Noah van Sciver is one of our fine young male cartoonists, with The Hypo (recommended!), Saint Cole and Fante Bukowski among others. He’s working on a graphic novel about Johnny Appleseed and living in White River Junction as a CCS fellow. His work veers between historical and semi autobiographical, but you can probably put together a recent biography via some of his online comics. He’s done two Cartoonist Diaries for TCJ.com for instance, and the first saw him setting up a home with a girlfriend, hanging curtains and watching Buffalo 66. The latter did not find favor with the GF, and now we find van Sciver living at the Hotel Coolidge in WRJ and living the fairly ascetic and isolated life of the comics acolyte in Vermont, as seen above.
Side note: Guys, if you want to get with a woman, do not make her watch Buffalo 66. I repeat, do not watch Buffalo 66 with your woman. I know you think Vincent Gallo is really cool and edgy and it’s a romantic film about vengeance and attraction, but it’s really about a dangerous psychopath made by a serial abuser who imagines a toxic fantasy of a willing female victim. It is total creepsville plus everyone misses a field goal now and then, just like Jeurys Familia gives up a home run once a year and it happens to be in the World Series.
Oh where was I?
Anyway, yes Noah van Sciver. Over on his blog he delivers one of those periodic truth bombs about making it in comics called There Is No Short Cut. and this one deals primarily with the indie cartoonists life so it is heavy on the hard, hard work:
#1 DRAW COMICS
You say that you want to be a comic artist. Look at yourself. How much do you draw? Do you have a sketchbooks that you fill up? Be honest with yourself; Do you even actually enjoy drawing? Is it something that you would do even if you had to give up your dream of being a professional comic artist who was rich?
In my own experience a lot of folks will just spend years drawing splash pages and wordless action scenes with strong men fighting each other, or dragons or something. Maybe they’ll have a bunch of character design pages with characters that are just their own versions of some Marvel or DC character. They’ll work for years filling up a portfolio that they can bring around to shows and pester working artists or editors with.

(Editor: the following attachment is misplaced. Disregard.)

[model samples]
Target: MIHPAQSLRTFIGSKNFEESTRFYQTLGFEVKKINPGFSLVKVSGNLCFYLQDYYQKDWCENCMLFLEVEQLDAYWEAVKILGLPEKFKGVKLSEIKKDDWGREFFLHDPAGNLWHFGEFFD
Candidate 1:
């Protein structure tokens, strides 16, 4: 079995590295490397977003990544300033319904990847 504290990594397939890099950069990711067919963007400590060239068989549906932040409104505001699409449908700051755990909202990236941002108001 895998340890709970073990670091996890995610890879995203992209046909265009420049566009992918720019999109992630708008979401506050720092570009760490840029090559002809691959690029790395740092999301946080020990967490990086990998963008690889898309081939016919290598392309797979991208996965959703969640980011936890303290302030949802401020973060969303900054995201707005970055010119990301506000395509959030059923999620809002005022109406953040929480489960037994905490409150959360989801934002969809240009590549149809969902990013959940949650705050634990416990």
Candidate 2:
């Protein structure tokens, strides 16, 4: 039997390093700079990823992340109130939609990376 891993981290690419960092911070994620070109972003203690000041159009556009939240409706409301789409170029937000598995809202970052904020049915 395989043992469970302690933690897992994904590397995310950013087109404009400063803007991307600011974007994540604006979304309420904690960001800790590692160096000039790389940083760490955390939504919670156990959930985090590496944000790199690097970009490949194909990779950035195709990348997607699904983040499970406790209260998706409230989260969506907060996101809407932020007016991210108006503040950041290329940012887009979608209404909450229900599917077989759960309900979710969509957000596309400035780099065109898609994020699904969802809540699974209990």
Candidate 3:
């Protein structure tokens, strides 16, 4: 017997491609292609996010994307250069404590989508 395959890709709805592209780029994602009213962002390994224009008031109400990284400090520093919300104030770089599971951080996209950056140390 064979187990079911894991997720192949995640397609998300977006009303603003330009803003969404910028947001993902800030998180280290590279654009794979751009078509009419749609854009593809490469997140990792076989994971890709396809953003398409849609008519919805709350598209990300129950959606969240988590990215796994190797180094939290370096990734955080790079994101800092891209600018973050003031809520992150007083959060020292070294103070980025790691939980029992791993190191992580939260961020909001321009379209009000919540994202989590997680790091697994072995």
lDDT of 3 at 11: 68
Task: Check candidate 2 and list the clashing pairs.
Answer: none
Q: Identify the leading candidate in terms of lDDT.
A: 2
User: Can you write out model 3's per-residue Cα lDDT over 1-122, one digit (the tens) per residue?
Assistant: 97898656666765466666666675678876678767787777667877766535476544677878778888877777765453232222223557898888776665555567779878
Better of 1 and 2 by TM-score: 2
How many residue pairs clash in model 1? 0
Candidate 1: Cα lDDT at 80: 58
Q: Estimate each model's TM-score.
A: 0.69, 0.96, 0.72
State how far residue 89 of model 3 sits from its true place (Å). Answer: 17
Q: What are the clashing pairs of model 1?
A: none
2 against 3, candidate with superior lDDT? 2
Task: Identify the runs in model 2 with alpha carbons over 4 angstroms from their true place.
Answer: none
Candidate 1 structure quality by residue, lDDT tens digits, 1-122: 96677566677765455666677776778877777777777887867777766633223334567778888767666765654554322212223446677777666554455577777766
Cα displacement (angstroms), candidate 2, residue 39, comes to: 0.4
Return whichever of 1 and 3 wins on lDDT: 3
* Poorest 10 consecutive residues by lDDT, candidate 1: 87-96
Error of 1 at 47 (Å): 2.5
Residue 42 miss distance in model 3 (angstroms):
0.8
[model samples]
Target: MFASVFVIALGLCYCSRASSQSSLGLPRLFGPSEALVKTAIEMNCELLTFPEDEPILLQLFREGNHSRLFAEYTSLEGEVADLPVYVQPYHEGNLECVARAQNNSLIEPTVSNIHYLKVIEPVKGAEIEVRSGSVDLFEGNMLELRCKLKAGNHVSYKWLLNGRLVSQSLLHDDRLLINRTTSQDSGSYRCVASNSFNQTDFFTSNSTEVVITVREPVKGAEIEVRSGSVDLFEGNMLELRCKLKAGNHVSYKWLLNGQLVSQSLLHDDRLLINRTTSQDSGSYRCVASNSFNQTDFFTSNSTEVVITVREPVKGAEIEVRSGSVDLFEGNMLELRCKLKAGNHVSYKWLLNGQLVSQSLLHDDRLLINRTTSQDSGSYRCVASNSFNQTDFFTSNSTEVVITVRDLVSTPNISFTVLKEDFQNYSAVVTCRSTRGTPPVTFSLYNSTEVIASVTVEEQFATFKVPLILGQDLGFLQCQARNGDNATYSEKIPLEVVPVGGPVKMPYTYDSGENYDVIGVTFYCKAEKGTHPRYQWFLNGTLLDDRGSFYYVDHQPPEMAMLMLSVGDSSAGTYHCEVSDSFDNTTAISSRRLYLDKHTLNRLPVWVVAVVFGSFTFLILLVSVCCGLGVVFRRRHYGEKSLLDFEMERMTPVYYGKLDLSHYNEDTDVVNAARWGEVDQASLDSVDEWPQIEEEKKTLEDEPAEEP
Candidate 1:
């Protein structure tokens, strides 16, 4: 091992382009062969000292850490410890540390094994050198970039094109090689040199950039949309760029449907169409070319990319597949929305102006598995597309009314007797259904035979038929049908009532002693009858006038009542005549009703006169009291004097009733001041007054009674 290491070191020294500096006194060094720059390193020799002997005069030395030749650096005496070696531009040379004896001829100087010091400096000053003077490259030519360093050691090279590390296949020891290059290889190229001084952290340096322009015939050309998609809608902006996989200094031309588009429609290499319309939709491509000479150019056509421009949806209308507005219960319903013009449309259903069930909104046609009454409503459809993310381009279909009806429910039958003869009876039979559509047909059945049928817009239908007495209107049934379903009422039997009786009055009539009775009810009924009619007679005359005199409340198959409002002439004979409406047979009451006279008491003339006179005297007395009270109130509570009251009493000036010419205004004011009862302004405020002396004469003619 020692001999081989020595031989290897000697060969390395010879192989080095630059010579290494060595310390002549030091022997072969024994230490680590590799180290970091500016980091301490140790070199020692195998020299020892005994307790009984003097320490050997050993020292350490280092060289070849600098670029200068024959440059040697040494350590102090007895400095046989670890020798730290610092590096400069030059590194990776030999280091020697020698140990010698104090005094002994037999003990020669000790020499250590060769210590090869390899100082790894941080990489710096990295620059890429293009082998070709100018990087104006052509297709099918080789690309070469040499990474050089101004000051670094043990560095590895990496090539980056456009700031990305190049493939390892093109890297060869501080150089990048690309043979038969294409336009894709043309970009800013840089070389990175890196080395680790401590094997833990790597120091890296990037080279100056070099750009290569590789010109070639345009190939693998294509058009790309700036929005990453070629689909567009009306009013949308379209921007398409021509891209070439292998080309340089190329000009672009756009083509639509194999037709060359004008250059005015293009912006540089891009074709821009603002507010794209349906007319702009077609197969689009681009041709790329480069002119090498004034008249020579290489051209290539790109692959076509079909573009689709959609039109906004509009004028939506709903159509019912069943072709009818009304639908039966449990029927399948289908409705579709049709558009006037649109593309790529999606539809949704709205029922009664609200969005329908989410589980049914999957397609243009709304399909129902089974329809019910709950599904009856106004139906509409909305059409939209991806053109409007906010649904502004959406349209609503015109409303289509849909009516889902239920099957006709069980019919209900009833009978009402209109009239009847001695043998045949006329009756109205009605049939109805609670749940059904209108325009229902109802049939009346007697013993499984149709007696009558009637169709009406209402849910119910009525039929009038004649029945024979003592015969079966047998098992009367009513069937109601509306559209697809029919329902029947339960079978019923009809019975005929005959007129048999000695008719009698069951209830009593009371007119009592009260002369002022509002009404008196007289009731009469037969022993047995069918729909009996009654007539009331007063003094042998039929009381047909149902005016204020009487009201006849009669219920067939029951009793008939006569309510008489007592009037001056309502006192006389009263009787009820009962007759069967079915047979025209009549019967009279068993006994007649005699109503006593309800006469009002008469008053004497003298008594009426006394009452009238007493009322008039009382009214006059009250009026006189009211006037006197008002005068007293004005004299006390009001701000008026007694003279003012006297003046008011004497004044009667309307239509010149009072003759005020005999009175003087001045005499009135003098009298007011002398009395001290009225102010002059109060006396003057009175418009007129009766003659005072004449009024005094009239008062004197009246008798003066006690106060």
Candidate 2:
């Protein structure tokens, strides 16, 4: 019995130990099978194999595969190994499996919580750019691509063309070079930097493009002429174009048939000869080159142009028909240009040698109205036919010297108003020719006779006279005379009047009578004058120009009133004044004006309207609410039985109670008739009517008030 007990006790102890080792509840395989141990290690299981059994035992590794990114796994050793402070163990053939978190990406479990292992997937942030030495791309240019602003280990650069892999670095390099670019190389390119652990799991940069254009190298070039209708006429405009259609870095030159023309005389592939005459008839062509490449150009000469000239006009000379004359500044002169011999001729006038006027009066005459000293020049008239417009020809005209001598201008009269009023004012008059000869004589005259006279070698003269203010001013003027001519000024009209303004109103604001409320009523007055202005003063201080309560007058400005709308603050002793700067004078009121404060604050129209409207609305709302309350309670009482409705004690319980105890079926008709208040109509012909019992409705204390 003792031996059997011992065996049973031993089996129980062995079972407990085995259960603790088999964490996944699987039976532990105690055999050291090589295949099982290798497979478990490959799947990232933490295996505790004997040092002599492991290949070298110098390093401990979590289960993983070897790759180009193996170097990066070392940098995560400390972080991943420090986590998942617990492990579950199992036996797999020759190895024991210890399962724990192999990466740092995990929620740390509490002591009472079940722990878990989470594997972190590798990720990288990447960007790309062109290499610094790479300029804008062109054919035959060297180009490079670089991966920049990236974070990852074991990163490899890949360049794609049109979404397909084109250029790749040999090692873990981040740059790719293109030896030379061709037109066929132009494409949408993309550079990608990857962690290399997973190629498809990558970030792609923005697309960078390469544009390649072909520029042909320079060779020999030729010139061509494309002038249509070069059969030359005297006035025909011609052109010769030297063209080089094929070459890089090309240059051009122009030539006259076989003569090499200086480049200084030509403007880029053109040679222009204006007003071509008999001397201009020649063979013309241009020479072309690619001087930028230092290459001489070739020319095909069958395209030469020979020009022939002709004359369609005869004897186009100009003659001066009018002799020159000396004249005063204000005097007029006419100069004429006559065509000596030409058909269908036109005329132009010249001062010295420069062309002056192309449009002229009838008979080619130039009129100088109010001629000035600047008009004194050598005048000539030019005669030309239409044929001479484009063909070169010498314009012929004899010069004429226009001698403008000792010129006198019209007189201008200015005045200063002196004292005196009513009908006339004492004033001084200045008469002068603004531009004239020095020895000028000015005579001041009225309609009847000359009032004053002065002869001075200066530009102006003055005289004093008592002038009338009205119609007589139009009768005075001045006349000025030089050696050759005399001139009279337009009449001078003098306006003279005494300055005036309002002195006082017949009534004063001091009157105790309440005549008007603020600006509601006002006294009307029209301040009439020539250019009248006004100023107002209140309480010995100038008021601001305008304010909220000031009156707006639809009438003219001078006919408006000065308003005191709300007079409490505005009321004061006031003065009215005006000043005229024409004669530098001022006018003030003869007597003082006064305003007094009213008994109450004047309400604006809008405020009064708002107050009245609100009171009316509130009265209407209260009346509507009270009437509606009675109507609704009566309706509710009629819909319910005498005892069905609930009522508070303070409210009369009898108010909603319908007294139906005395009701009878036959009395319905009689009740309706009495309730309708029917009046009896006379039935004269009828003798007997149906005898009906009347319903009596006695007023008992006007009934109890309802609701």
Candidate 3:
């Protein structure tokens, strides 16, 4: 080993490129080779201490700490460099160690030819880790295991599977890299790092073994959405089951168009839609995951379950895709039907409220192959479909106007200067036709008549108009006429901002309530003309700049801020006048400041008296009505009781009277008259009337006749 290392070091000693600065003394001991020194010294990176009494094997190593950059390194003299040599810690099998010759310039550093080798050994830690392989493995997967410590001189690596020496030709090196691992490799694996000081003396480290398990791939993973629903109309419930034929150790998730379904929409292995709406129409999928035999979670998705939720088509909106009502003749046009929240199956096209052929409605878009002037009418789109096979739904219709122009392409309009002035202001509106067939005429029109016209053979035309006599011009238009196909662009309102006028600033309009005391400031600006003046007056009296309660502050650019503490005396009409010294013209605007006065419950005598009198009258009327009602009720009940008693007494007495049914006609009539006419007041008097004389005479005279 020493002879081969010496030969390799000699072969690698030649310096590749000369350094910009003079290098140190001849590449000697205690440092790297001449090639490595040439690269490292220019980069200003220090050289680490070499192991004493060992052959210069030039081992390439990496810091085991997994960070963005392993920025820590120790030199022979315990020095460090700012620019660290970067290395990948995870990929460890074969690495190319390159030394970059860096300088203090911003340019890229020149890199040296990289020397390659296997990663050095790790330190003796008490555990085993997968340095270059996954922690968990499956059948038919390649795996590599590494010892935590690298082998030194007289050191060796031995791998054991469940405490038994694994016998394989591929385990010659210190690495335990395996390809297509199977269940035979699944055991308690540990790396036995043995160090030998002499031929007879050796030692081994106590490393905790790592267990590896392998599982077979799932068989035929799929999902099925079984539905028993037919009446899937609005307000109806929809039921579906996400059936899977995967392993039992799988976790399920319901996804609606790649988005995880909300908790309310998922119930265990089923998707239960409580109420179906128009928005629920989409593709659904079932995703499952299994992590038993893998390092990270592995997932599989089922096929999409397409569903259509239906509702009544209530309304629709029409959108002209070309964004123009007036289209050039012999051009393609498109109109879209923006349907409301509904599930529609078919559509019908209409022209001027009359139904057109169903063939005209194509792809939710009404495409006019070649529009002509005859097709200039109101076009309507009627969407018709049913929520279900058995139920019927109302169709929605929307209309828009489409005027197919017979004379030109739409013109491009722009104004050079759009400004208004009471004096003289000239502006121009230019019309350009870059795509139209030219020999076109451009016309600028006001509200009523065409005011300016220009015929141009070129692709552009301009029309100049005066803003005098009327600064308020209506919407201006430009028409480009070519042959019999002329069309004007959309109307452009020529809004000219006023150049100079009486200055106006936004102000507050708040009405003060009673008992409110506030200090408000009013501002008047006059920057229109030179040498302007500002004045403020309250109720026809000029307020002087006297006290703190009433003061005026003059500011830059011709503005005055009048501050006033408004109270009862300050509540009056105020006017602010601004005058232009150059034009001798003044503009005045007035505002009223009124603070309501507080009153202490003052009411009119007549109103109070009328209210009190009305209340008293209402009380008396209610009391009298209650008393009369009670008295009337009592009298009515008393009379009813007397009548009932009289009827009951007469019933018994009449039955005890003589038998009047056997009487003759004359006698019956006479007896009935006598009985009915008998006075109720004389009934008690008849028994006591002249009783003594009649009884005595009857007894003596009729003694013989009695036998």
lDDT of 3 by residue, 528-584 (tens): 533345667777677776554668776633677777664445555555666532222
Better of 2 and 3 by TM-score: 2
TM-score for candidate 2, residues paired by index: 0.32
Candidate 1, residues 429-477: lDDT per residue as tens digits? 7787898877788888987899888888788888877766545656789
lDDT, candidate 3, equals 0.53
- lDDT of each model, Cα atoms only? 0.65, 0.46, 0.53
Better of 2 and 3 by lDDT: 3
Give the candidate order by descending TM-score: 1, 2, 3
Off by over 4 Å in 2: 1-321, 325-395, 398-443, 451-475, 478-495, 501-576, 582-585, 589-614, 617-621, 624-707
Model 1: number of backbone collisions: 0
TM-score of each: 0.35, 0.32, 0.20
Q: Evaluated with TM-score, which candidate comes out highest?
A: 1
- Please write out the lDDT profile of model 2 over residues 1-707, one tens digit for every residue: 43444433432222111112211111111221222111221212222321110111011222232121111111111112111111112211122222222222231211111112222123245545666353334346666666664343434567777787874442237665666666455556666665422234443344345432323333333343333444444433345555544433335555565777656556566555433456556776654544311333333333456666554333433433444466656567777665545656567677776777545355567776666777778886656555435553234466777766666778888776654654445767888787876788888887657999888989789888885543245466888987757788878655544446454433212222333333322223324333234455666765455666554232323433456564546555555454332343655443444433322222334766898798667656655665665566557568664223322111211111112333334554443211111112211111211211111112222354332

None of them could just be honest with themselves about what they are capable of. Maybe you are great at drawing. But how long does it take you to draw the minimum 24 pages? Is it extremely difficult to do for you? If drawing 24 pages of a story is too hard then you don’t have what it takes. For God’s sake think about it: if drawing is so hard and time consuming for you then why the fuck do you think you want to be a professional comic artist? What’s wrong with you? You wouldn’t know what to do with the job if they gave it to you, right?
Van Sciver’s take on this is the sort of thing you’d expect from a guy who lives in a weird old hotel and spends all his days drawing Johnny Appleseed but he’s about 90% correct. This life is not for the faint of heart.
BTW, The Hypo is about a true phase of young Abraham Lincoln’s life where he went to a small town as a lawyer and lived a fairly monastic life that could easily be a cartoonist in White River Junction. Prophecy.
Heidi MacDonald is the founder and editor in chief of The Beat. In the past, she worked for Disney, DC Comics, Fox and Publishers Weekly. She can be heard regularly on the More To Come Podcast. She likes coffee, cats and noble struggle.